MAGGIE DODSON: Missing the House on the Hill
The author, a writing student at the University of Vermont, is the daughter of Pilot Writer-in-Residence Jim Dodson.
Atop a timbered hill in Maine lies a magic house.
I know this, because I've lived there. The house itself is a living being. It moans when tired, for the ache of supporting a family is deep. Its walls breathe out their sighs of relief when the woodstove is lit, bringing warmth into their veins. At Christmastime, the house glows.
My father built the house, with the help of a few others. They installed the kitchen cabinets and the light fixtures. He laid the plank floors, built the bookshelves where a thousand titles stood for decades. But it was us, the children who lived there, who brought the magic to the house.
Every inch of this house is covered with nicks and scars from my childhood, from ghost stories told in forgotten corners to re-enactments of Civil War battle scenes in the front yard.
I can recall lying in bed awake, early in the morning, listening through the floorboards to my father below in the kitchen as he made coffee and tuned in to the morning news broadcast. One can still hear the smacking of feet, as if children were running through the halls. We congregated around the fire in the winter and ate our dinners on the back porch in summer. The banister creaks loudly when swung upon. The presence of family is everywhere.
Last spring, my father sold the house to a couple from Massachusetts and moved back to his boyhood home of North Carolina. The couple are much older than my parents and own two Doberman Pinschers.
I don't hold grudges against certain dogs. In fact, I love dogs of all kinds. But there is a generation of golden retrievers that have roamed those grounds. Five dogs and three cats have lived there. And five of the eight have had their ashes scattered among the gardens. So although this home is no longer mine, I feel a stab of pain thinking about others enjoying its charm.
When my father sold the house, I was in school at the time and missed the opportunity of giving the house my private goodbyes. Being young and seemingly unattached to anything, I sort of shrugged it off as something that just happens in life. People move on. People forget things that they once knew.
As a college student I've had to become accustomed to "letting things go." I am a grownup now, with responsibilities, and no time to wish that I were back in the care of my parents, having my meals prepared for me. I'm not supposed to long for the rainy summer evenings where I danced outside on the lawn with my kid brother, Jack.
I have my own world to create now, my own memories to make. I know I have to let go of the past and move on. So, with the memory of my childhood home tucked securely away, I began to forget about the magic house.
Summer went by lazily and wonderfully. I lived in a house on my own in Vermont, putting up my own light fixtures, decorating to suit my tastes. But then a beautiful New England fall came, and unbidden memories of the magic house with it.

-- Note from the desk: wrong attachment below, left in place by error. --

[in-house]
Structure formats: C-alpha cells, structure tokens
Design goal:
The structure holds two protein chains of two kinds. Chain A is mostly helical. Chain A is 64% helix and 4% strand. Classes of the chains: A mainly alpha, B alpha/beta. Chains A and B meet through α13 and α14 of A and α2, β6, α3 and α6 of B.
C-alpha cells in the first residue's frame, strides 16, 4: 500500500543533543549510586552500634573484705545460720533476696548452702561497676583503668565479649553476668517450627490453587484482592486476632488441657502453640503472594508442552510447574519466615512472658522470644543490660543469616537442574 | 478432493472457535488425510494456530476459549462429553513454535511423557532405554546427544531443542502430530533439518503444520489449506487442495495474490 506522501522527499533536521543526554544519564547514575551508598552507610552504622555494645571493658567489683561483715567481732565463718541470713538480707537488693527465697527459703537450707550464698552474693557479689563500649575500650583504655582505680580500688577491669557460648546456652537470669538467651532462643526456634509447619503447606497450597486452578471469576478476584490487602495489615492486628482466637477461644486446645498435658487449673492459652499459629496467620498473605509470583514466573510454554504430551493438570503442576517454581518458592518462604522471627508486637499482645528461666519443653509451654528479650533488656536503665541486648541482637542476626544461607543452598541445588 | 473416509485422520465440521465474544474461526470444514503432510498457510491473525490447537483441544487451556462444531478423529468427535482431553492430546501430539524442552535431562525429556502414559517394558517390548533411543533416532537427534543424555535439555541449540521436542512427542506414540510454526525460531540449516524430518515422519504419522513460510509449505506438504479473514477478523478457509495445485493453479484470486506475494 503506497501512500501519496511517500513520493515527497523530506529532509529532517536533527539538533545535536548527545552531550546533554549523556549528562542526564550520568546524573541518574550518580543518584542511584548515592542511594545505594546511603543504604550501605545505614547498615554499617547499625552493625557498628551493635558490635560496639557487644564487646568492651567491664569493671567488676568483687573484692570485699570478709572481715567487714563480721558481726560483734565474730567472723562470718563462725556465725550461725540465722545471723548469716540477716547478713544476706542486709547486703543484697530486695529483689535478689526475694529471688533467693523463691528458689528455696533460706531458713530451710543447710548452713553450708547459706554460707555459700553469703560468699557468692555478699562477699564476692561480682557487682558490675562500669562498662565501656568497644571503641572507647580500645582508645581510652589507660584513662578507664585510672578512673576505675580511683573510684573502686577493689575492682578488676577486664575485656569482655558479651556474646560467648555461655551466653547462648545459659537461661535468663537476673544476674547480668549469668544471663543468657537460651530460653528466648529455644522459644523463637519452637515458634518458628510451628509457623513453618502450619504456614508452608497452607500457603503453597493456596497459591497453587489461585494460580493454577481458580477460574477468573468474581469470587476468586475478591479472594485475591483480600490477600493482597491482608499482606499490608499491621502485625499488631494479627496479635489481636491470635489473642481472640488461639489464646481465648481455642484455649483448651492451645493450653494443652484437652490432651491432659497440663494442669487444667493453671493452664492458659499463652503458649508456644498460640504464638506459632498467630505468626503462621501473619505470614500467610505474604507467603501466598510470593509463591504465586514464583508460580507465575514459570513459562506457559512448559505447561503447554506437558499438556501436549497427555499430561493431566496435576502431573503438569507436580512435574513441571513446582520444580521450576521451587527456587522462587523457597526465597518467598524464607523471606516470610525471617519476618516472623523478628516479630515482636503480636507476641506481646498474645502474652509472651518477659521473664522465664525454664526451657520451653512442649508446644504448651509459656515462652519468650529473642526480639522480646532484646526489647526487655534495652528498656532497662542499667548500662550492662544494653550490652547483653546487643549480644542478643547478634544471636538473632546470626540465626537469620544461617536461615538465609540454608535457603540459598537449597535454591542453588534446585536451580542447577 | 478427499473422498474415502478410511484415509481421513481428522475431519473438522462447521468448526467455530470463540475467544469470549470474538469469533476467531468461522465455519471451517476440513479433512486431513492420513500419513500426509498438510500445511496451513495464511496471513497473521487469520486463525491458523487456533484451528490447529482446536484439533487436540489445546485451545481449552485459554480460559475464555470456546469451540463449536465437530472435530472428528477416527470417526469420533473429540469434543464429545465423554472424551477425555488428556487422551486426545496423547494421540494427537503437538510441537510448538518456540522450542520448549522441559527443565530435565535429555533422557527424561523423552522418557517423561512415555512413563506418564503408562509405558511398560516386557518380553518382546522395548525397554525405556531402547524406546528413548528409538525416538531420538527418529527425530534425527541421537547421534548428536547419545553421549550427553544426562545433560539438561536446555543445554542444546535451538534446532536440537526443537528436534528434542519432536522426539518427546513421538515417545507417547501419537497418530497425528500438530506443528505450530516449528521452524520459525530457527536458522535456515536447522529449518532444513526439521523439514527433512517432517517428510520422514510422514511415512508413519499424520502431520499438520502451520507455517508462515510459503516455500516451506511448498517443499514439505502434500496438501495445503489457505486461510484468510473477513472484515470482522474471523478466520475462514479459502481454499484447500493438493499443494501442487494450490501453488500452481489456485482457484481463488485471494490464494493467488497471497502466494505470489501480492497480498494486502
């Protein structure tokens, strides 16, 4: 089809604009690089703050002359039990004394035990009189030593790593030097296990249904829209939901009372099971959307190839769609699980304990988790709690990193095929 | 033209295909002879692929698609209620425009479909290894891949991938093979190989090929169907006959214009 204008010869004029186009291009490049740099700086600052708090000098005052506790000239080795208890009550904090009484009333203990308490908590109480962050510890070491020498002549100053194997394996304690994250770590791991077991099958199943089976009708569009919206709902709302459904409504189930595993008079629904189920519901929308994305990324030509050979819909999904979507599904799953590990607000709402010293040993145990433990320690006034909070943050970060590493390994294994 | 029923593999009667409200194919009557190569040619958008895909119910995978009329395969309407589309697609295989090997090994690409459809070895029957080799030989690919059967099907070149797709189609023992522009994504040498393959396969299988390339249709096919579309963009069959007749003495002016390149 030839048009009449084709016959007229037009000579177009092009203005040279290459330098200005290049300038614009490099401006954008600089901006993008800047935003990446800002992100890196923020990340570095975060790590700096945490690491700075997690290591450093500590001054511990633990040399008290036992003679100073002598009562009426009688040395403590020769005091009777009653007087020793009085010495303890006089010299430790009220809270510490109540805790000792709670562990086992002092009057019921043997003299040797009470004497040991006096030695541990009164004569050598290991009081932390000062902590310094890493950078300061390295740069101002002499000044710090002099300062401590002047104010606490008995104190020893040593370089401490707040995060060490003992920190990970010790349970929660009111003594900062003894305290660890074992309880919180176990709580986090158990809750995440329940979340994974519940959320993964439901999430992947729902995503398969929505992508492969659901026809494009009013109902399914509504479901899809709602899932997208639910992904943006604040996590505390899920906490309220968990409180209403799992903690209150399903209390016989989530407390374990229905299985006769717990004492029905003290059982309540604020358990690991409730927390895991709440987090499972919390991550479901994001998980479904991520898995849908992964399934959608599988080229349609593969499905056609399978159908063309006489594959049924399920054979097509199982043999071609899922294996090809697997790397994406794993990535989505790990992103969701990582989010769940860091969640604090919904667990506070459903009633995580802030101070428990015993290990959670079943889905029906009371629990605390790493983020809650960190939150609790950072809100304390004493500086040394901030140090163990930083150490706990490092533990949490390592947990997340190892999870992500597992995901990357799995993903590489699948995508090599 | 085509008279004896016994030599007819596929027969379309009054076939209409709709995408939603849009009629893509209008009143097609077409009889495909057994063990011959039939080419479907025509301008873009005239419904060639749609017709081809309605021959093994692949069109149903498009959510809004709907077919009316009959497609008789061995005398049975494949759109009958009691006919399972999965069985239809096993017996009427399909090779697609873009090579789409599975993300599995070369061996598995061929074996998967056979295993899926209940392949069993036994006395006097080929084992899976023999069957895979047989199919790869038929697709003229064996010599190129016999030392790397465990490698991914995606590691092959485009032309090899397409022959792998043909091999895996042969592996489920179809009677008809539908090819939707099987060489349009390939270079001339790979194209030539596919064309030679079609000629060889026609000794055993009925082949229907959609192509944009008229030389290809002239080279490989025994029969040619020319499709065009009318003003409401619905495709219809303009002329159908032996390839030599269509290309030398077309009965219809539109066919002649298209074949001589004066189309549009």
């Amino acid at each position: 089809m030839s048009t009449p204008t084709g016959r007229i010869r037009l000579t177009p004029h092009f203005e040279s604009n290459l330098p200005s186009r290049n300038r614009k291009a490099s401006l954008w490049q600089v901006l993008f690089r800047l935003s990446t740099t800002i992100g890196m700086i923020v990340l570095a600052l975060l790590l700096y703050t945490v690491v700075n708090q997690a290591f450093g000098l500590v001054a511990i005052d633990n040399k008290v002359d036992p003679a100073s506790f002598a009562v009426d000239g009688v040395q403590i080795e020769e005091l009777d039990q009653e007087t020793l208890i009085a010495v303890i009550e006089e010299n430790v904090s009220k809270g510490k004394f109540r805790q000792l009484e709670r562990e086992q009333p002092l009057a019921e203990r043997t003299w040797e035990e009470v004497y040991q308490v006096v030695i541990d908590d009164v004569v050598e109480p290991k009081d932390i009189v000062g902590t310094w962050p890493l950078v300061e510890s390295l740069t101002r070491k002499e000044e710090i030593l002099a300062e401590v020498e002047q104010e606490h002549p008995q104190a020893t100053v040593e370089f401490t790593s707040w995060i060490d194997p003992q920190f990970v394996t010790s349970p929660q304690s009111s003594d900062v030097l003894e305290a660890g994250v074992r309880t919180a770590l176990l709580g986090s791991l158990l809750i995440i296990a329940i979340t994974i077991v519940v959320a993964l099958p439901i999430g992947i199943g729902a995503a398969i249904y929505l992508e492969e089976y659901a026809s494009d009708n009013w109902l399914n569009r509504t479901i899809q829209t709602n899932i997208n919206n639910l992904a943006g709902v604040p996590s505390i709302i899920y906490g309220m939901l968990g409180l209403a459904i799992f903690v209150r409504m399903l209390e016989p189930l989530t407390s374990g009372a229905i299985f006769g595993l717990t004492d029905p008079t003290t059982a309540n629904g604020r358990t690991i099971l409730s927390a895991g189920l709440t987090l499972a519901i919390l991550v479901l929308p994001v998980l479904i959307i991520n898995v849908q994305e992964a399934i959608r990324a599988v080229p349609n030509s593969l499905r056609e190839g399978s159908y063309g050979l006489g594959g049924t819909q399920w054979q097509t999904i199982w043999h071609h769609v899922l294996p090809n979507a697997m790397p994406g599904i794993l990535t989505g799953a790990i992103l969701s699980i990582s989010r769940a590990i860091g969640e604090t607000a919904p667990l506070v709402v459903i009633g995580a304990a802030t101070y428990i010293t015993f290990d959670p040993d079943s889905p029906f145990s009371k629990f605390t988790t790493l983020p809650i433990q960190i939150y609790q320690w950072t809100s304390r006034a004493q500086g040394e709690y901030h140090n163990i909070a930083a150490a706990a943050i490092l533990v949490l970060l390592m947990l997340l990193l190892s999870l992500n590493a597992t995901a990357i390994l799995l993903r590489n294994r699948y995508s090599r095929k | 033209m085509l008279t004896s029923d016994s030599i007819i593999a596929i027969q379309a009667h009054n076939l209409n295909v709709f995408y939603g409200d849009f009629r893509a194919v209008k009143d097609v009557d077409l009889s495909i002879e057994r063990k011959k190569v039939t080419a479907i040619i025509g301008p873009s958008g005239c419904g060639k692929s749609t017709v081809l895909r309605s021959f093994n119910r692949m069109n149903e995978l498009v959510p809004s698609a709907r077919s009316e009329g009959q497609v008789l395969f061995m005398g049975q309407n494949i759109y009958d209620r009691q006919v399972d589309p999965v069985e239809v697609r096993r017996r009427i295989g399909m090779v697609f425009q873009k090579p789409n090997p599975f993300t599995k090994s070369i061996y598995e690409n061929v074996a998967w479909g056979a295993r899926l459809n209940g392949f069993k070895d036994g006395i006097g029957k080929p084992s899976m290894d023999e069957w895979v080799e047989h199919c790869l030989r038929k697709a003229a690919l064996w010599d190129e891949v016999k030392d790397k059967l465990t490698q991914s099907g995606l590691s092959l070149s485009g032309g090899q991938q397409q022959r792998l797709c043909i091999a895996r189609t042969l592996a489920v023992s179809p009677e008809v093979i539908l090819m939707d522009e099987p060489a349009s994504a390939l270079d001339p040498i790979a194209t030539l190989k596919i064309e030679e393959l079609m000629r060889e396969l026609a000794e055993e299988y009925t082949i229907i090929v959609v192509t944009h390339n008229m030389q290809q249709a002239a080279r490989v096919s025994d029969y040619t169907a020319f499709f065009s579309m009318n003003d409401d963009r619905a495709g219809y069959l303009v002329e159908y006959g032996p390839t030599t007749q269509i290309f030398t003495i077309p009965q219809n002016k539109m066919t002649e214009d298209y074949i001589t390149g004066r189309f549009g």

Every fall for me is special. The color of the leaves and the smell of the wind make me deeply, unaccountably, happy. I've felt that if something great were to happen, it would happen in fall. But this season I felt that something was missing. On my breaks from school, I would venture home to my mother's house and find myself wishing that I had enough courage to sneak up the road and visit the house where I grew up on the hill.
I try to tell myself that a house is just a house. That a home is far more than growth markings on a storage room door, familiar wooden floors, and a claw-foot tub. But there's an invisible bond between me and the house where I grew up -- where I went from newborn to high school graduate in what seems like just 10 minutes. Those markings, those wooden floors and that claw-foot tub are imprinted with my essence; they are my childhood.
At a time when more than a million Americans a month are reportedly losing their homes to foreclosure and job losses resulting from the economic crisis gripping America, it may sound thoroughly trivial to say I'm now in grief for a house, missing the magic house I grew up in and knew every inch of like my own skin.
But it seems to me that with the economy in downturn and world affairs becoming more and more complicated by the day, people are going to need something to hold on to. Why should we "let go" when there is so little to grasp hold of in the first place?
The problem with letting go of anything is that theory rarely matches reality. Life isn't lived on paper. It's lived in the day-to-day world of personal memory and unexpected emotion. That's what's so great about this life. Like a closet full of things, it's jumbled and untidy. Nothing is ever really forgotten, and even if you "let go" of everything, it will eventually find it's way back to you.
Someday I will buy that house back, and the magic that's in it. And I am certain that I'll still be able to hear the walls sigh with relief when I walk through the old wooden front door.
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